Residents of the Pacific Northwest are redefining what it means to be religious. The region is sometimes called the None Zone because 63 percent of those polled for the 2001 American Religious Identification Survey said that they were not affiliated with a religious group, compared to 41 percent of all Americans, and 25 percent claimed to have no religious identity—compared to 14 percent nationally. By checking “none” on a survey, however, Northwesterners are not necessarily signaling a lack of interest in religion. They are indicating, says Patricia Killen, a historian and dean of Pacific Lutheran University, that they do not think “religious identity is connected to a historic religious institution or faith.”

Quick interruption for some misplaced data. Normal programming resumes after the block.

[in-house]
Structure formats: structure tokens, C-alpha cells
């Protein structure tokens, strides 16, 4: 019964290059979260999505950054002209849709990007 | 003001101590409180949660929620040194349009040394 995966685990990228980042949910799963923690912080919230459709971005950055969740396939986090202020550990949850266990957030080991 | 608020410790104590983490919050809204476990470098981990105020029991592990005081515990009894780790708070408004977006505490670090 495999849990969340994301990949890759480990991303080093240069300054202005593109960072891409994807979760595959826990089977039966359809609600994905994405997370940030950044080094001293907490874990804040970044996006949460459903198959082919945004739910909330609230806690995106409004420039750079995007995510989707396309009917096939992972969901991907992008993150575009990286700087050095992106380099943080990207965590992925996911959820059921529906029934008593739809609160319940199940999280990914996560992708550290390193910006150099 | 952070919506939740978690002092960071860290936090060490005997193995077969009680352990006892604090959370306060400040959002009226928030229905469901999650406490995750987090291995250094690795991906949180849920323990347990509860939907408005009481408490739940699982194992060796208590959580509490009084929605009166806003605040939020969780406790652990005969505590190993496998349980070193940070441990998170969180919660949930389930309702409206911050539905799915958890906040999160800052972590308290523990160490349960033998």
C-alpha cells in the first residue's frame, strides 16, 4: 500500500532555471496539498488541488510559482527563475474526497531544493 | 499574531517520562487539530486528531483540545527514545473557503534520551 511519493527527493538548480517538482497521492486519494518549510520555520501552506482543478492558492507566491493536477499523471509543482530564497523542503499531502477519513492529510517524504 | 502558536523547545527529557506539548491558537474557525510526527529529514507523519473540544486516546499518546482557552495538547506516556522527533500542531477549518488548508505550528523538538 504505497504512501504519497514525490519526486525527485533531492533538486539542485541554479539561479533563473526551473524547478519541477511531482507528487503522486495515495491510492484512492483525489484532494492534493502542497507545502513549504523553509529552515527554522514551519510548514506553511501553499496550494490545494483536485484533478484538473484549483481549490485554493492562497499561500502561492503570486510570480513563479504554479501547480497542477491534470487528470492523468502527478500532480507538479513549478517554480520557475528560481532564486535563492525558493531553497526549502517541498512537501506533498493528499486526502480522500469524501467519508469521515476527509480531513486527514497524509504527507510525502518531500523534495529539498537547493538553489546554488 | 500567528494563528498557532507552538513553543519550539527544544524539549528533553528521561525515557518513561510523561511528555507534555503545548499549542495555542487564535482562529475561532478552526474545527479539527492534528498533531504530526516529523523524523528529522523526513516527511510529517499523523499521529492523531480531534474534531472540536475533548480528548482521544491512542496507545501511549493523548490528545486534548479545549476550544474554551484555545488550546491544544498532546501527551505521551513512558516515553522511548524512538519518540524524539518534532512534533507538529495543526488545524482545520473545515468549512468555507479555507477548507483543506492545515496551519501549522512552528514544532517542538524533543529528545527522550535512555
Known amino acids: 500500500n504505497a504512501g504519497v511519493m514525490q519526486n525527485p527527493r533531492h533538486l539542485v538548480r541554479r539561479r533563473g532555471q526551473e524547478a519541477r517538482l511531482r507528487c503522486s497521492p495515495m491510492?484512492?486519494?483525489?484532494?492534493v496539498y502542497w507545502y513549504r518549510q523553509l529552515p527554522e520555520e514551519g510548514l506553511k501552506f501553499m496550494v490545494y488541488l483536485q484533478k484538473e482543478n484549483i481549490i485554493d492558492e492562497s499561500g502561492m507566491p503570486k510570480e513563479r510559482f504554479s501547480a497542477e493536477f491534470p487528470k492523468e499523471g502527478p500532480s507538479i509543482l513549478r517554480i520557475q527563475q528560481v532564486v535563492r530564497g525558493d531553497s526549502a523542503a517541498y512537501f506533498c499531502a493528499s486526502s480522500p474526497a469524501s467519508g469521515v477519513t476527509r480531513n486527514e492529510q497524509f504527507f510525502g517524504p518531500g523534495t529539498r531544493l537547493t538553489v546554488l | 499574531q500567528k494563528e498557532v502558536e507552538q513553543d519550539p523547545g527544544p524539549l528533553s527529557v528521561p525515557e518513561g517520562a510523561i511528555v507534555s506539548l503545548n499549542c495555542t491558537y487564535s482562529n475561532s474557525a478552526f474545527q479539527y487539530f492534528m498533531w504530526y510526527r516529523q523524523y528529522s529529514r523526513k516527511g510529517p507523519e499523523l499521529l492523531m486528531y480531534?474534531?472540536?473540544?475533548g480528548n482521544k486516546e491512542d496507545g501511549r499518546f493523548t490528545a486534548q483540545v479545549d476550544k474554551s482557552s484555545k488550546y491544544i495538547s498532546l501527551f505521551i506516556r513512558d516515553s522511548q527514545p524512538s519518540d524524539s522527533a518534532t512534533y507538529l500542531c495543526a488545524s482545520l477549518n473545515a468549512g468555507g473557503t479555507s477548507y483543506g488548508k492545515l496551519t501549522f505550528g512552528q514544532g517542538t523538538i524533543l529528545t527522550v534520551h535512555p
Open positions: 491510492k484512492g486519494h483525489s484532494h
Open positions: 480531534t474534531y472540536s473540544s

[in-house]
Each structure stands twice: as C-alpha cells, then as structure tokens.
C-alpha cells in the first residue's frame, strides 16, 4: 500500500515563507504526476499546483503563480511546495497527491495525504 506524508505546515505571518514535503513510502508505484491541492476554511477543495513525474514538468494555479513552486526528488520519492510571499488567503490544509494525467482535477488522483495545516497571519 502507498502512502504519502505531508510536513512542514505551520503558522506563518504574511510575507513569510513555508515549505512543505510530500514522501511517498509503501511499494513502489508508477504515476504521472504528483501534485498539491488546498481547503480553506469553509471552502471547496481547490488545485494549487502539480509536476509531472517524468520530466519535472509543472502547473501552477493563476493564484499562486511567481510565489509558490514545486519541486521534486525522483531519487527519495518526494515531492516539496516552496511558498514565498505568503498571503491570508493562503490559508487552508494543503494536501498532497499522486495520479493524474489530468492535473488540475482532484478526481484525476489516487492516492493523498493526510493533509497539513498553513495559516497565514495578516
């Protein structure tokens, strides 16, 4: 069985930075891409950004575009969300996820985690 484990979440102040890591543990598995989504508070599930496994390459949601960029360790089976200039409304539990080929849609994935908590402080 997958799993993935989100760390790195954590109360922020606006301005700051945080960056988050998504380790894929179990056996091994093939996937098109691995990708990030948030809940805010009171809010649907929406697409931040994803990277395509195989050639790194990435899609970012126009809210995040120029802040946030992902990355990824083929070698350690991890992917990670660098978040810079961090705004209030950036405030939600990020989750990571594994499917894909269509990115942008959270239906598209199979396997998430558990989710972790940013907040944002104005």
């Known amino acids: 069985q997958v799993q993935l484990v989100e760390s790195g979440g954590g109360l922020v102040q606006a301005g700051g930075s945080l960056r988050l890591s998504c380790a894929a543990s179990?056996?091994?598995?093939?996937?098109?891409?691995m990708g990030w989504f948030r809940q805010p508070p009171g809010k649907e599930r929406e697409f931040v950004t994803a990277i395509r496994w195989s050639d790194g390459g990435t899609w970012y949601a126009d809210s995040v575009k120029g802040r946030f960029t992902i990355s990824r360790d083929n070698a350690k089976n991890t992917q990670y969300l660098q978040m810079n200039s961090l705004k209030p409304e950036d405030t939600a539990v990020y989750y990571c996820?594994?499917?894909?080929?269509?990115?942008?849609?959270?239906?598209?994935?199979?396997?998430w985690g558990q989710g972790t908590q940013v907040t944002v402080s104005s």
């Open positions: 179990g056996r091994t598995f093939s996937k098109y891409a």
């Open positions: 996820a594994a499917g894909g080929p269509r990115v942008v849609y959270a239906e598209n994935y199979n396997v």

The portion of adults who generally do not attend church has risen sharply in the past 13 years, a Barna Group study shows. The percentage of Americans who are “unchurched” grew from 21 percent in 1991 to 34 percent in 2004.
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